Optimizing your saas sales team structure

How to build and structure your sales team

Main illustration: Daniel Zender

The traditional SaaS sales team structure is built on outbound sales — an approach that requires salespeople to pursue leads that are unfamiliar or uninterested in your product. We decided to build and scale inbound sales instead.

Why we built our sales team to focus on inbound

We scrapped the idea of starting with outbound sales for many reasons. The biggest one was we didn’t think cold calling leads was the most effective or cost efficient way to leverage the skills of our Sales Development Representatives (SDRs). They’re ambitious, innovative and most importantly, human and if our mission as a company is to make business personal, shouldn’t we prioritize the people who actually want to talk to us?

Our CEO Eoghan explains it this way: “we’re very much now in an inbound world where salespeople are working on a consultative basis…They’re not pulling people in. They’re actually helping people buy the products.” That means our SDRs only connect with people who have interacted with Intercom in a meaningful way, such as chatting with us on our website. And even though their goal is to generate pipeline for our account executives, it’s just as important that they develop relationships with prospects, not just qualify them and move on.

4 lessons learned from building our sales team

We started testing an inbound SaaS sales team structure in 2014 and it’s been so successful from the get-go that we’ve had to quintuple our SDR team. Here are the lessons I learned in my first year scaling our SDR team from three to 17 members.

1. Understand the new SDR profile

In this world of consultative selling, success starts with the people you hire

Finding the right people is the hardest and most important part of scaling any sales team. We’ve continually adjusted what we look for in an SDR as we try to put our finger on what makes an inbound salesperson successful.

We started by looking internally at our own reps and we found that the best ones embody the values of product-led salespeople. They’re people who have a passion for product, exhibit a relentless focus on customer satisfaction and help create the playbook, not just follow it. This moves away from the typical SaaS sales profile which prioritizes things like strong oral communication skills, detailed knowledge of CRMs and experience with outbound prospecting.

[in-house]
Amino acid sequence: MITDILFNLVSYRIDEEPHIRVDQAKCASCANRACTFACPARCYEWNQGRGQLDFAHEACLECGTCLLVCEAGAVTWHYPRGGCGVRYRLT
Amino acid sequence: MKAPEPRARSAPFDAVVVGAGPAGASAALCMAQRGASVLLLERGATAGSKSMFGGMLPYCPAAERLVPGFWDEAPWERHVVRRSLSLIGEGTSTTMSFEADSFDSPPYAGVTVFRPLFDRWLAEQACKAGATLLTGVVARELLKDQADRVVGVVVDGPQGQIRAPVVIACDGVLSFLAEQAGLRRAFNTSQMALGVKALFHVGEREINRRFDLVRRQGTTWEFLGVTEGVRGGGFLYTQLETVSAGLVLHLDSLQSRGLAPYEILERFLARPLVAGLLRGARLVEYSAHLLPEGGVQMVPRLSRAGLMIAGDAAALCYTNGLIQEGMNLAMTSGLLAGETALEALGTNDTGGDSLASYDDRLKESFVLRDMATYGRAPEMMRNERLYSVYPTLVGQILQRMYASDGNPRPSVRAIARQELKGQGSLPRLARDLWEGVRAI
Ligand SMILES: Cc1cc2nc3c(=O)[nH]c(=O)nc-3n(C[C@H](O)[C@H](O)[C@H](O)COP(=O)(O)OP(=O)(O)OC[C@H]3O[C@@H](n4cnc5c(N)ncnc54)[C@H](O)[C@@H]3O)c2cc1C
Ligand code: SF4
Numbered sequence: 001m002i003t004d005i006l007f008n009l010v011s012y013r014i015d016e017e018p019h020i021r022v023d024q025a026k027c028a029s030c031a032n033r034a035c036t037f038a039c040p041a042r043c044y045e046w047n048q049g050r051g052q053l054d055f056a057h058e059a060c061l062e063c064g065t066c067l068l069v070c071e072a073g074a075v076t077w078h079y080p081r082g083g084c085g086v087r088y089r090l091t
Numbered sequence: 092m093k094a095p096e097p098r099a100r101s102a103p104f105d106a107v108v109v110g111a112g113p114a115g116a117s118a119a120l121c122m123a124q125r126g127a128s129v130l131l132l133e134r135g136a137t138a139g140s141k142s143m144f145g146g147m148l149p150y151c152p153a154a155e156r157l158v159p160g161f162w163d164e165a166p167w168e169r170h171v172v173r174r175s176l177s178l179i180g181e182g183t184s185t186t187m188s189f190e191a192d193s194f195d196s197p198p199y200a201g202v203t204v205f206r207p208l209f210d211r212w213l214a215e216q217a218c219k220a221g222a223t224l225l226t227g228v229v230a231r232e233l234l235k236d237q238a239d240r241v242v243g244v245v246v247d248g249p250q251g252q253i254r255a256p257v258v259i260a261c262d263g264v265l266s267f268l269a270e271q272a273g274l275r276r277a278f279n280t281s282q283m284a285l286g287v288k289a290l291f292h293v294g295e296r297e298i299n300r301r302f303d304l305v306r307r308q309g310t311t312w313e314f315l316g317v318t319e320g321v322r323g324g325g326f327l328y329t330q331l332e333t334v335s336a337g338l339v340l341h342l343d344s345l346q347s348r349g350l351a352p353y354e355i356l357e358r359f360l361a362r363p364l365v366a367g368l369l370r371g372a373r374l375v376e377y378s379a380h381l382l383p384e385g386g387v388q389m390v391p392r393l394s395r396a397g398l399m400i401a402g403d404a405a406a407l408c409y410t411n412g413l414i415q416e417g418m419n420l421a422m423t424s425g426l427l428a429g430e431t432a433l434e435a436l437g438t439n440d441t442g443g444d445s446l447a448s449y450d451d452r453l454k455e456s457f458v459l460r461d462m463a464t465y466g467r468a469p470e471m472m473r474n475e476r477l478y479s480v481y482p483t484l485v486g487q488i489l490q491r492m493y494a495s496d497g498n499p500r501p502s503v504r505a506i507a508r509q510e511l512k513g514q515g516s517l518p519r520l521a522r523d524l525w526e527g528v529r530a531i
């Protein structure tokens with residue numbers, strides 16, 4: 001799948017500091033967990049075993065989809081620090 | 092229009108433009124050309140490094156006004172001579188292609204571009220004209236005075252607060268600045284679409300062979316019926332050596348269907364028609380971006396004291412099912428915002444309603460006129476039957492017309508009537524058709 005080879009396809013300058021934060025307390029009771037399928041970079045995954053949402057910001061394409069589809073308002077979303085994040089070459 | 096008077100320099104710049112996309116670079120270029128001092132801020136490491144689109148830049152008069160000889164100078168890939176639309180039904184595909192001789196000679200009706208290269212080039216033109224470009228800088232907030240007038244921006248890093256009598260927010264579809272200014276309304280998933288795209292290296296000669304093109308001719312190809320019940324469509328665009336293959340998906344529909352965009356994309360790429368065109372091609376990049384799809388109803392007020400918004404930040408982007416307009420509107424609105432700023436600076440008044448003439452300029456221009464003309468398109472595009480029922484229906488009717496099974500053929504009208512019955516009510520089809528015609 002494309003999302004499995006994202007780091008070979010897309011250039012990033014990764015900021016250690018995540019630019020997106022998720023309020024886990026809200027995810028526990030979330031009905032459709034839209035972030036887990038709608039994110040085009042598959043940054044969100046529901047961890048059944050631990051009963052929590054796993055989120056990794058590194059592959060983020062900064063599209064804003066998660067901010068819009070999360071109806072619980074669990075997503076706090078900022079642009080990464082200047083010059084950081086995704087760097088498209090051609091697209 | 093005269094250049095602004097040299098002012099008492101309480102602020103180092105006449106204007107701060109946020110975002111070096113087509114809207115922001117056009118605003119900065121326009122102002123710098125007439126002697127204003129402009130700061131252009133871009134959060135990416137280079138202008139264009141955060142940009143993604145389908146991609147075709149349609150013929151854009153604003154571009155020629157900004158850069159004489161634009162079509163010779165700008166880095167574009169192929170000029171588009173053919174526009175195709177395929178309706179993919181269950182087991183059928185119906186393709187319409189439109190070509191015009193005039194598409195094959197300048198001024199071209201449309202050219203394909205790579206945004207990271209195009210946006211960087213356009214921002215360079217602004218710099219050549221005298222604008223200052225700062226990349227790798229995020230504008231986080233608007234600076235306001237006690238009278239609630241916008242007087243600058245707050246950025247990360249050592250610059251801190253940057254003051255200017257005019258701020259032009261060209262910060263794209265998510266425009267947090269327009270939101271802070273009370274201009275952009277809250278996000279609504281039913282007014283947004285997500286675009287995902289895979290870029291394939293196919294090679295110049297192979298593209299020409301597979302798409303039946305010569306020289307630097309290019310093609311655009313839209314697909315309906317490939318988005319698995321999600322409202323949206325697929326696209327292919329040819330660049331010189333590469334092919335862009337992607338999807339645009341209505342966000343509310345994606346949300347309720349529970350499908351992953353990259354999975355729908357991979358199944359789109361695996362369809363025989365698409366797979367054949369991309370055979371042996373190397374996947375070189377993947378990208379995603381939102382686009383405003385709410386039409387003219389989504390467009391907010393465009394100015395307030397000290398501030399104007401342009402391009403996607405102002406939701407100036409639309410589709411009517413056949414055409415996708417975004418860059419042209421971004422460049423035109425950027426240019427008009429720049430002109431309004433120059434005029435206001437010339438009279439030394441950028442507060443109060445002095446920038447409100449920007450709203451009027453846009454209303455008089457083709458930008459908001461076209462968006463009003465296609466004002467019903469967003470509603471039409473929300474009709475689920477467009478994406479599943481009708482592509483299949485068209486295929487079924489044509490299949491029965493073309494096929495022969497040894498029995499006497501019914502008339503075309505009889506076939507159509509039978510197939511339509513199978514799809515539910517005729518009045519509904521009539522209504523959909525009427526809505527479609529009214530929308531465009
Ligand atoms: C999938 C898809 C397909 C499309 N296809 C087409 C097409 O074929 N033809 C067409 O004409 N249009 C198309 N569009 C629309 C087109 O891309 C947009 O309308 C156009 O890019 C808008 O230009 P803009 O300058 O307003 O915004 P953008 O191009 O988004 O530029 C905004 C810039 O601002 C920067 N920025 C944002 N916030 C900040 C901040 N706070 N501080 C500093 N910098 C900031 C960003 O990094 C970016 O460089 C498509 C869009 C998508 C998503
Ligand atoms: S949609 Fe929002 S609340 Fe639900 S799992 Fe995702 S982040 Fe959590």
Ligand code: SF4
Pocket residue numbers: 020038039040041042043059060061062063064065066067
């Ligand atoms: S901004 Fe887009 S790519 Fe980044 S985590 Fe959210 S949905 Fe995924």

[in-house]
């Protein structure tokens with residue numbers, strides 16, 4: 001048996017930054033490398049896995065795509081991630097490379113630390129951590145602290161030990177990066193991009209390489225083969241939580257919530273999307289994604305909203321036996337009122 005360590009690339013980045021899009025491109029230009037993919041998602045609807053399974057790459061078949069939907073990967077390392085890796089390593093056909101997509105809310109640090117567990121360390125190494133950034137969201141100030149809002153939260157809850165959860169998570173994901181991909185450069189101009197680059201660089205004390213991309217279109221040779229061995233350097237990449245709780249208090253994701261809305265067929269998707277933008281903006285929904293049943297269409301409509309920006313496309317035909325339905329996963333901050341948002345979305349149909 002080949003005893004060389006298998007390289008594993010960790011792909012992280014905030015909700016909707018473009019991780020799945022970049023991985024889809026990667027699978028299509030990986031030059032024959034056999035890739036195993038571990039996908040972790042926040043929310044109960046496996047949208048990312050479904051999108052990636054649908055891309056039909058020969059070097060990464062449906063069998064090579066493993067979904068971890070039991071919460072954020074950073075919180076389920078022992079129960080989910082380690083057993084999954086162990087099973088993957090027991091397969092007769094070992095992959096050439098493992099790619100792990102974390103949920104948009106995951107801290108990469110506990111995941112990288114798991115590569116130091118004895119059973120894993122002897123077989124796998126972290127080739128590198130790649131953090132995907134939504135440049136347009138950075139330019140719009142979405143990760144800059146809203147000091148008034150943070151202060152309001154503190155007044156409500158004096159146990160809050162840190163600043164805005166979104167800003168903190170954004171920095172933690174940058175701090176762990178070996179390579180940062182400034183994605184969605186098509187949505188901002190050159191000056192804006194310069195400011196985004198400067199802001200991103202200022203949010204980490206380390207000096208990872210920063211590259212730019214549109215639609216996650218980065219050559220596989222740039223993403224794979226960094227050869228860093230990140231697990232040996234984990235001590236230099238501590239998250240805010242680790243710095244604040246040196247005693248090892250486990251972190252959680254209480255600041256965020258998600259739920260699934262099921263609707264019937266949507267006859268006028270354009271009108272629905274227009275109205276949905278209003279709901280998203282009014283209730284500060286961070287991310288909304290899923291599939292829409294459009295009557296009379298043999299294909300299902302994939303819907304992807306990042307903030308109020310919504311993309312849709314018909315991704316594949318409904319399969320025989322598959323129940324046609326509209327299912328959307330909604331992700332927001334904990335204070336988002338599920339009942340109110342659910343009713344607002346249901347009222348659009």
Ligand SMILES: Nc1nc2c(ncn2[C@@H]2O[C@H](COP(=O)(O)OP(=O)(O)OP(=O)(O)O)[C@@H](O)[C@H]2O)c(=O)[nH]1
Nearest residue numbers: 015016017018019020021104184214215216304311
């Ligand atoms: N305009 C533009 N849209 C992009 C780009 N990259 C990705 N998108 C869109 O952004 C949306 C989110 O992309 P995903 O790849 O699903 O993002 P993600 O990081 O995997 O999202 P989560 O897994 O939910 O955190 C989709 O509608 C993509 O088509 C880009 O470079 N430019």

If there’s one thing I’ve learned, it’s this: in this new world of consultative selling, success starts with the people you hire.

2. Qualify sales leads for opportunity

I’ve been at organizations where SDRs were bottlenecks slowing down the sales process. Strict lead qualification criteria can make SDRs feel like they have to over-qualify leads to get credit for new opportunities. I’ll be the first to admit that sales is a numbers game but good lead qualification is about quality and finding real opportunities to sell.

My recommendation is if a lead wants to talk to an account executive, then have your SDRs use the tools available to them, like LinkedIn, Salesforce and Clearbit, to do some basic qualification. Write it down as part of your sales team’s process so your reps know when it’s okay to bend the rules. Remember no one likes the sales bouncer who won’t let anyone in the club.

3. Emphasize quality and quantity

Balancing the quality of leads with the total quantity doesn’t have to be a zero sum game. It’s possible to have both and here at Intercom, quality and quantity are equally rewarded. On many sales teams, the SDR that passes ten $100 opportunities is rewarded over the person that sources one $1,000 opportunity. The problem is that can incentivize the wrong behavior. We compensate our SDRs on the total amount of pipeline they source, not the number of opportunities, because we know that good deals come in every shape and size.

4. Evaluate performance beyond cold, hard data

Our sales values are more than just an ideological wishlist

Early on in the team’s development, we created a list of sales values that we use to evaluate our reps’ performance. It’s more than just an ideological wishlist, it’s what we measure SDRs against along with the classic sales metrics. For us it’s important to balance the hard data on quota attainment and deal conversion with an understanding of the whole person.

Sales is by nature more of an individualistic sport than other business functions. Our shared values also help the team to keep an eye on the bigger picture and encourage individuals SDRs to make decisions that are beneficial not just to them but also to the company at large. That’s what accountability in sales means to us.

5. Invest in the future of your SDRs

The SDR team is the first place we look when we open a new account executive role. By promoting top internal talent first, we foster an environment where hard work and exceptional performance are rewarded. We hire smart, driven people and it’s our priority to let them know they have a place to grow at Intercom.

Here’s another way to think about. The cost of sourcing, interviewing and hiring an account executive from outside the organization is going to be far more expensive than nurturing and promoting good talent from within. Put simply, the math favors investing in your SDRs. I’m personally happy to report that three of our initial 17 SDR hires have already been promoted to account executives. ?

Optimizing our SaaS sales team structure for success

Our goal here at Intercom is to invest in a SaaS sales team structure that empowers our customers to succeed with Intercom. For us that means prioritizing inbound sales first. As our business grows, we’ll continue building, scaling and optimizing our SDR team. This is just the beginning.

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